California Cannabis Patients May Be Receiving Much Needed New Year’s Gift

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SACRAMENTO, Calif. – New regulations set to take effect on January 1 in California could help expand access for cannabis patients struggling to keep up with rising prices.

Although profit potential is routinely highlighted in the cannabis industry, the reform movement was born out of a desire to help patients in need. Unfortunately, the Medicinal and Adult-Use Cannabis Regulation and Safety Act (MAUCRSA), which regulates all aspects of legal cannabis sales in California, has compromised access for some patients.

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MAUCRSA has essentially banned dispensaries from giving away free cannabis products and also has attached rigid taxes at every stage of cultivation, driving prices way up for patients without deep pockets. The steep prices have forced some in need of relief to turn toward the black market. Many patients, who are most in need of reliable lab-tested cannabis are now only able to afford illicit products that could be unsafe.

Richard Manning, a resident of Sacramento County, who injured himself while working domestic security for the U.S. Marines, used to rely on a network of donors who helped him access cannabis. This was common for patients after the 1996 Compassionate Use Act was approved by voters. Cultivators were allowed to donate product to dispensaries that could be provided to those living on a tight budget. 

Manning, who has experienced symptoms linked to PTSD and intense physical chronic pain due to a knee injury he received while serving, claims he was able to shed his reliance on opioids and alcohol with cannabis use. Unfortunately, after MAUCRSA replaced previous regulations, Manning could no longer rely on donated cannabis. Hefty taxes on all transactions became the law of the land, even if products were intended to help those in both medical and financial need.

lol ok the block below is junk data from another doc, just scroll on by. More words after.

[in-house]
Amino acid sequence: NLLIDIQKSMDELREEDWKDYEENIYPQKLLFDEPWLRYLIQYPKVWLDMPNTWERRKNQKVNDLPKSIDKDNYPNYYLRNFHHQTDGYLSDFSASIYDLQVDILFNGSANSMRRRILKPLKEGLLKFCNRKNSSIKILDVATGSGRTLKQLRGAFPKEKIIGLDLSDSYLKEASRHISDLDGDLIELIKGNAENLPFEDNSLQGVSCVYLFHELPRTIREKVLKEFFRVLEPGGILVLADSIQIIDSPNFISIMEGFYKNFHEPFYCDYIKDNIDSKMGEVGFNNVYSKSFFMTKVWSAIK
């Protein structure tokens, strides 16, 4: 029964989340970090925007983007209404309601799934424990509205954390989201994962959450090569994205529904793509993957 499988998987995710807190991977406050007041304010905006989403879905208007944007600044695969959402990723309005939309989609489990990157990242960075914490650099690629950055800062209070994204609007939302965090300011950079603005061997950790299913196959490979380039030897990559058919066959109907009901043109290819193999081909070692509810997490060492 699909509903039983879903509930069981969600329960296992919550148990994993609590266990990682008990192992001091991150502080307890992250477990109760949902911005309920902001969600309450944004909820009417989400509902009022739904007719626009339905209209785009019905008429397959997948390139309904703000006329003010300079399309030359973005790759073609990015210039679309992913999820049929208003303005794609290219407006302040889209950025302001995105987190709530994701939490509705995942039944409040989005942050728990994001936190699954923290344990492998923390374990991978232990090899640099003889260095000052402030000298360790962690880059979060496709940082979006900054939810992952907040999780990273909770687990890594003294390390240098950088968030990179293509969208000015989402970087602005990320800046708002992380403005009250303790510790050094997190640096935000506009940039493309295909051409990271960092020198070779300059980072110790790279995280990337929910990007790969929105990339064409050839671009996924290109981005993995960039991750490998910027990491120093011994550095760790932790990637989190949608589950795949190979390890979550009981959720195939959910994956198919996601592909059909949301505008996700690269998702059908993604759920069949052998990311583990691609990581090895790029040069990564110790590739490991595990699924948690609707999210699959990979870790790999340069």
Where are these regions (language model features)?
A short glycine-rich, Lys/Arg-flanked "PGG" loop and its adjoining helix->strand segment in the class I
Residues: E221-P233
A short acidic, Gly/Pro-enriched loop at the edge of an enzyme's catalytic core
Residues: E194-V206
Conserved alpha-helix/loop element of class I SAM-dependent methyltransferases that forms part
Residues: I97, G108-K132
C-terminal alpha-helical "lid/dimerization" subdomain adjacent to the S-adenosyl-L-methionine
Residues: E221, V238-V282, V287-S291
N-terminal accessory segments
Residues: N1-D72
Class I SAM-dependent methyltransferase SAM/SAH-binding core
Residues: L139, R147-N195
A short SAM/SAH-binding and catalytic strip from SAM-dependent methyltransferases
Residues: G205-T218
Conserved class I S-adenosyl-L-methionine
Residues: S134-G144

Now “prices at dispensaries are out of reach if you need daily medicine, and the taxes are about to go up again,” Manning told SF Chronicle. “So the black market is where a lot of veterans and low-income people turn.”

Thankfully, SB 34, signed by California Governor Gavin Newsom (D) in October, was drafted to help rectify the situation for Manning and many others. 

“[This bill] would help veterans and low-income people who are very sick access medicine by allowing compassionate care programs to partner with existing retailers to facilitate the donation of medical cannabis or cannabis products on their licensed [premises],” Scott Wiener, a member of the California State Assembly and author of SB 34, said according to ABC News 10. “It also codifies existing Bureau of Cannabis [Control] regulations that permit retailers to donate cannabis and cannabis products to medical patients. SB 34 would also exempt all donations of cannabis to valid medical patients from the use and cultivation taxes as we don’t tax any other medicine in California.” 

SB 34 is being referred to as “The Dennis Peron and Brownie Mary Compassionate Care Act,” two individuals who fought through pain and illness for medicinal legalization. Hopefully, passage of the act will help usher in the return of charitable programs in California, but ultimately, only time will tell if the new economics of cannabis will leave room for those most in need.

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